Autoboxing and unboxing arc also discussed. More s t r i n g class methods arc covered, including using the s p l i t method t o tokenize strings. The chapter also covers the StringBuilder and StringTokenizer classes.
The study of classes continues in this chapter with the subjects of inheritance and polymorphism. The topics covered include superclasses, subclasses, how constructors work in inheritance, method overriding, polymorphism and dynamic binding, protected and package access, class hierarchies, abstract classes, abstract methods, and interfaces.
Starting Out with Java Early Objects 6th Edition by Tony Gaddis (eBook PDF)
In this chapter students learn to develop enhanced error trapping techniques using exceptions, I landling exceptions is covered, as well as developing and throwing custom exceptions. The chapter discusses advanced techniques for working with sequential access, random access, text, and binary files. Chapter This chapter presents the basics of developing CUI applications with Swing. Fundamental Swing components and the basic concepts of event-driven programming are covered. Chapter 1 3: Advanced CUI Applications.
This chapter continues the study of GUI application development. More advanced components, menu systems, and look-and-fcel are covered. In this chapter students apply their knowledge of CUI development to the creation of applets. In addition to using Swing applet classes, AWT classes are discussed for portability. Drawing simple graphical shapes is discussed. This chapter presents recursion as a problem-solving technique. Numerous examples of recursive methods are demonstrated. I his chapter introduces the student to database programming.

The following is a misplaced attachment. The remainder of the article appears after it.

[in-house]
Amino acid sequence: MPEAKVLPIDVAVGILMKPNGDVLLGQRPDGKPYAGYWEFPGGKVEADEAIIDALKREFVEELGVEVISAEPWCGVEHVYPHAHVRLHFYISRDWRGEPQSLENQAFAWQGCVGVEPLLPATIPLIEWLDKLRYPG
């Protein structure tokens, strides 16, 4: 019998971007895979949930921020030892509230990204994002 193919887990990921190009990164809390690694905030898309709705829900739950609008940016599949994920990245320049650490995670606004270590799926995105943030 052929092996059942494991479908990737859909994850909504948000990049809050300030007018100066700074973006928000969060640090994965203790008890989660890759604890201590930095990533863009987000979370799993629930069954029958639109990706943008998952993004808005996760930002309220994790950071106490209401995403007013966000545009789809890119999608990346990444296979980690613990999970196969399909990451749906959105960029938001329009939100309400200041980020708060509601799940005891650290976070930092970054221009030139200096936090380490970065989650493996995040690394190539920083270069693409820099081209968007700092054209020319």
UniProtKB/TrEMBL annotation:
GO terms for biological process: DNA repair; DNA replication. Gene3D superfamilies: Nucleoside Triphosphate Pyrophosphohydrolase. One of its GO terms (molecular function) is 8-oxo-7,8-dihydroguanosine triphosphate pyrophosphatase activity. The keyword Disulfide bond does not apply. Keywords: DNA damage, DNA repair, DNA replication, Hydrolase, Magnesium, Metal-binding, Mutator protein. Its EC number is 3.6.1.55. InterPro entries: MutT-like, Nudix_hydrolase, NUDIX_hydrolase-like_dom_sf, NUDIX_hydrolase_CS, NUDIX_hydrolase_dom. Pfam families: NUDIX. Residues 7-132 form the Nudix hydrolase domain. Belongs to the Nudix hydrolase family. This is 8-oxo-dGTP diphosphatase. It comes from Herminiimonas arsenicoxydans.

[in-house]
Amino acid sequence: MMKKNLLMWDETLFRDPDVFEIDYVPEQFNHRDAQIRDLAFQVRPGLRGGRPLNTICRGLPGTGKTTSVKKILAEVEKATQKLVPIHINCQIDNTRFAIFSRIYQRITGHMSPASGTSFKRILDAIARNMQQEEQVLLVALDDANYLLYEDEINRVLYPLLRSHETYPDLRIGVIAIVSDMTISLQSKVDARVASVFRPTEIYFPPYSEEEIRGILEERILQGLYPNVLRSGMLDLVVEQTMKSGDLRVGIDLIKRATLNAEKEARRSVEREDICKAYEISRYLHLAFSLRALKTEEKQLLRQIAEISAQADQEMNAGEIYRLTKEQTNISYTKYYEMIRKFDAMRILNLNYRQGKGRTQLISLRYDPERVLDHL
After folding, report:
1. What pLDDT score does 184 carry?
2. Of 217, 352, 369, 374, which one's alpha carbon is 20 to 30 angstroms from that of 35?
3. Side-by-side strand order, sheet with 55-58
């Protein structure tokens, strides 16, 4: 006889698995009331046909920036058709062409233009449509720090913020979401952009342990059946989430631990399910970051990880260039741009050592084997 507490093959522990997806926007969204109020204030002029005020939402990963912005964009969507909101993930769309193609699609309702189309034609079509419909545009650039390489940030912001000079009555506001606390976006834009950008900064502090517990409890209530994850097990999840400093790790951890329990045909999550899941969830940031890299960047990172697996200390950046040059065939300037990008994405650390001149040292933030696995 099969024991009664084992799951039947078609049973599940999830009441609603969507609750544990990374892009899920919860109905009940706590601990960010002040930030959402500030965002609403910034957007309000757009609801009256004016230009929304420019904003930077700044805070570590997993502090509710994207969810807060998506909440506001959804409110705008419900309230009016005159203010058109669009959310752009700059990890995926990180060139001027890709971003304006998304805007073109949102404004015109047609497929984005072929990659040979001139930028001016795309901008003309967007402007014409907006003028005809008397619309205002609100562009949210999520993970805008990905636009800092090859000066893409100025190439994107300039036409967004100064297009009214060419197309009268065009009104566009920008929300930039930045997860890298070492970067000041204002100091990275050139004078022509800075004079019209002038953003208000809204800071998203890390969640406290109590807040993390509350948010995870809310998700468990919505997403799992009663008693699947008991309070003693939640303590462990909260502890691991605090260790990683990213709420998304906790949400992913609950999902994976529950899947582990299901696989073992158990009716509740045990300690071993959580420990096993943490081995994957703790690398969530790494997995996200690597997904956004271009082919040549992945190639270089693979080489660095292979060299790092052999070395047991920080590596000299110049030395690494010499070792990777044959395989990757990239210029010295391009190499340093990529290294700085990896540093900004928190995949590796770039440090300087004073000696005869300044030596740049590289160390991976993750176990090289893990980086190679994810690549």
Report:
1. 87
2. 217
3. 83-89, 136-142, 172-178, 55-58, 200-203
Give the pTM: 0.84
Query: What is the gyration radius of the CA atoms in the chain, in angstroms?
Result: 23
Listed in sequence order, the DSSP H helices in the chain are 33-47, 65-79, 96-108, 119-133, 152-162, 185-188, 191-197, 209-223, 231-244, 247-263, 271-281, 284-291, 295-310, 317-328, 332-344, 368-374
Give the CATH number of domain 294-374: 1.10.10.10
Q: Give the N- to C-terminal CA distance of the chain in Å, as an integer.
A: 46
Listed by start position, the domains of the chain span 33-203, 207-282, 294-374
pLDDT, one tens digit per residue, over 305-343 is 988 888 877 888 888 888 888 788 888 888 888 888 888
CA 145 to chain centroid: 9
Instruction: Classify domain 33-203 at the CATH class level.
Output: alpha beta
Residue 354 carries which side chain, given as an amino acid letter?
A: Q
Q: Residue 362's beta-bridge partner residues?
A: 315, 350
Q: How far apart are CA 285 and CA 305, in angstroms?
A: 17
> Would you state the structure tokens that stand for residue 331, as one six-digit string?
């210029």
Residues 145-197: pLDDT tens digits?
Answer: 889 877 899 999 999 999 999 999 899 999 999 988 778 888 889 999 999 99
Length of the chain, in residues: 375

Relational data is covered, ami numerous example programs are presented throughout the chapter. Features of the Text Concept Statements. Tach major section of the text starts with a concept statement that concisely summarizes the focus of the section. Example Programs. The text has an abundant number of complete and partial example programs, each designed to highlight the current topic. In most cases the programs are practical, real-world examples.
I ach example program is followed by a sample of its output, which shows students how the program functions. Checkpoints, highlighted by the checkmark icon, appear at intervals throughout each chapter. They are designed to check students' knowledge soon after learning a new topic.